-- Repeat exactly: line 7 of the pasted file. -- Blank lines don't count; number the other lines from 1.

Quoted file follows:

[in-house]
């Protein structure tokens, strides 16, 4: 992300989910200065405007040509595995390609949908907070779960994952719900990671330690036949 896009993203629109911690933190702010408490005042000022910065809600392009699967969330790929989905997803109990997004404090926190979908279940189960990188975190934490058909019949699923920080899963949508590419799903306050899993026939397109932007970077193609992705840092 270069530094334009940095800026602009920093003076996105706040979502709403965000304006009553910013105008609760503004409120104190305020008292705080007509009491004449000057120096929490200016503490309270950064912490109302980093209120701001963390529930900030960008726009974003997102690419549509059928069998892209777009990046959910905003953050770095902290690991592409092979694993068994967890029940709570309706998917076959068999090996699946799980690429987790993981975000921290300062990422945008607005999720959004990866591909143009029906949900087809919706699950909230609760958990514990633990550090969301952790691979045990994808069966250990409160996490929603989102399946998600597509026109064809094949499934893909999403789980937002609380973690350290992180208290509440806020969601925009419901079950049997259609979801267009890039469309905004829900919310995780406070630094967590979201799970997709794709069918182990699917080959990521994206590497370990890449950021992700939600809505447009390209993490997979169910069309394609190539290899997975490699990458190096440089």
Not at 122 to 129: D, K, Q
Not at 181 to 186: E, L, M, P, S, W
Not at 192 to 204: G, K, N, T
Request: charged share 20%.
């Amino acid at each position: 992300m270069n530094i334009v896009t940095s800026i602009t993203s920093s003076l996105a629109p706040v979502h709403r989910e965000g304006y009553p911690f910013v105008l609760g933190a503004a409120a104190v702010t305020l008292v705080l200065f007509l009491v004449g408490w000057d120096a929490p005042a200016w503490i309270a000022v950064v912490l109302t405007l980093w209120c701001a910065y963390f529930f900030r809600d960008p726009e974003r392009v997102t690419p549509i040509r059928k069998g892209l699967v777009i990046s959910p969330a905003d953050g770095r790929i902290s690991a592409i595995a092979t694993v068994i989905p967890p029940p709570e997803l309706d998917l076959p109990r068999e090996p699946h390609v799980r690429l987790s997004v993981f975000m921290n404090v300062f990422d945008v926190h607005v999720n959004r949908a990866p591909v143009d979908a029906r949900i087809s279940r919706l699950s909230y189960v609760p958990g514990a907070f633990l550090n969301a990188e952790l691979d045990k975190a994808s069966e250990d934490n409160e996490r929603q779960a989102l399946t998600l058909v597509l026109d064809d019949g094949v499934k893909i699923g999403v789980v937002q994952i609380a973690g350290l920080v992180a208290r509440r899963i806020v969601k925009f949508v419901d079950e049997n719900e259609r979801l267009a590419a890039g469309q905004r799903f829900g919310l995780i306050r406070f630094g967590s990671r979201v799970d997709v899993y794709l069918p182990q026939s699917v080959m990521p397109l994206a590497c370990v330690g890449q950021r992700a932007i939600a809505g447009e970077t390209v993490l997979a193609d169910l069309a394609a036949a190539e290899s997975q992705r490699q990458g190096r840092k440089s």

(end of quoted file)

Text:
């Amino acid at each position: 992300m270069n530094i334009v896009t940095s800026i602009t993203s920093s003076l996105a629109p706040v979502h709403r989910e965000g304006y009553p911690f910013v105008l609760g933190a503004a409120a104190v702010t305020l008292v705080l200065f007509l009491v004449g408490w000057d120096a929490p005042a200016w503490i309270a000022v950064v912490l109302t405007l980093w209120c701001a910065y963390f529930f900030r809600d960008p726009e974003r392009v997102t690419p549509i040509r059928k069998g892209l699967v777009i990046s959910p969330a905003d953050g770095r790929i902290s690991a592409i595995a092979t694993v068994i989905p967890p029940p709570e997803l309706d998917l076959p109990r068999e090996p699946h390609v799980r690429l987790s997004v993981f975000m921290n404090v300062f990422d945008v926190h607005v999720n959004r949908a990866p591909v143009d979908a029906r949900i087809s279940r919706l699950s909230y189960v609760p958990g514990a907070f633990l550090n969301a990188e952790l691979d045990k975190a994808s069966e250990d934490n409160e996490r929603q779960a989102l399946t998600l058909v597509l026109d064809d019949g094949v499934k893909i699923g999403v789980v937002q994952i609380a973690g350290l920080v992180a208290r509440r899963i806020v969601k925009f949508v419901d079950e049997n719900e259609r979801l267009a590419a890039g469309q905004r799903f829900g919310l995780i306050r406070f630094g967590s990671r979201v799970d997709v899993y794709l069918p182990q026939s699917v080959m990521p397109l994206a590497c370990v330690g890449q950021r992700a932007i939600a809505g447009e970077t390209v993490l997979a193609d169910l069309a394609a036949a190539e290899s997975q992705r490699q990458g190096r840092k440089s």